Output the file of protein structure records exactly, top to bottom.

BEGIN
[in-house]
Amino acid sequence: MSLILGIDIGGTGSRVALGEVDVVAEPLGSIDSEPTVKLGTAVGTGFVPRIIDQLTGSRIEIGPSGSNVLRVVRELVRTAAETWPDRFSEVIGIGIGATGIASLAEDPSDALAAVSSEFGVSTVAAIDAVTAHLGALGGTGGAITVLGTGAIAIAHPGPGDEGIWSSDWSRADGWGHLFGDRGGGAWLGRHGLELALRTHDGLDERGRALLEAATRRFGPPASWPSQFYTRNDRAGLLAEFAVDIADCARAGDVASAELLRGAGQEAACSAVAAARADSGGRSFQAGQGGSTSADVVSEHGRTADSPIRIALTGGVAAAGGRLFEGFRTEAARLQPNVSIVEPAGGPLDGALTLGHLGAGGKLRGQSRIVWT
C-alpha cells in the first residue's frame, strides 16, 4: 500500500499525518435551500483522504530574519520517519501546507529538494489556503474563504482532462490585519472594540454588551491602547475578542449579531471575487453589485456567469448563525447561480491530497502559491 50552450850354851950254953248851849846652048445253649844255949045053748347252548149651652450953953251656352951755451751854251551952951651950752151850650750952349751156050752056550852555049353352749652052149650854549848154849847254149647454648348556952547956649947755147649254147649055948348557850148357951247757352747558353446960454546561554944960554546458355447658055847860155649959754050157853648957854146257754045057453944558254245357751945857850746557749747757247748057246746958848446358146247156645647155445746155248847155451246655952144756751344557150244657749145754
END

[in-house]
Amino acid sequence: MSLILGIDIGGTGSRVALGEVDVVAEPLGSIDSEPTVKLGTAVGTGFVPRIIDQLTGSRIEIGPSGSNVLRVVRELVRTAAETWPDRFSEVIGIGIGATGIASLAEDPSDALAAVSSEFGVSTVAAIDAVTAHLGALGGTGGAITVLGTGAIAIAHPGPGDEGIWSSDWSRADGWGHLFGDRGGGAWLGRHGLELALRTHDGLDERGRALLEAATRRFGPPASWPSQFYTRNDRAGLLAEFAVDIADCARAGDVASAELLRGAGQEAACSAVAAARADSGGRSFQAGQGGSTSADVVSEHGRTADSPIRIALTGGVAAAGGRLFEGFRTEAARLQPNVSIVEPAGGPLDGALTLGHLGAGGKLRGQSRIVWT
C-alpha cells in the first residue's frame, strides 16, 4: 500500500499525518435551500483522504530574519520517519501546507529538494489556503474563504482532462490585519472594540454588551491602547475578542449579531471575487453589485456567469448563525447561480491530497502559491 50552450850354851950254953248851849846652048445253649844255949045053748347252548149651652450953953251656352951755451751854251551952951651950752151850650750952349751156050752056550852555049353352749652052149650854549848154849847254149647454648348556952547956649947755147649254147649055948348557850148357951247757352747558353446960454546561554944960554546458355447658055847860155649959754050157853648957854146257754045057453944558254245357751945857850746557749747757247748057246746958848446358146247156645647155445746155248847155451246655952144756751344557150244657749145754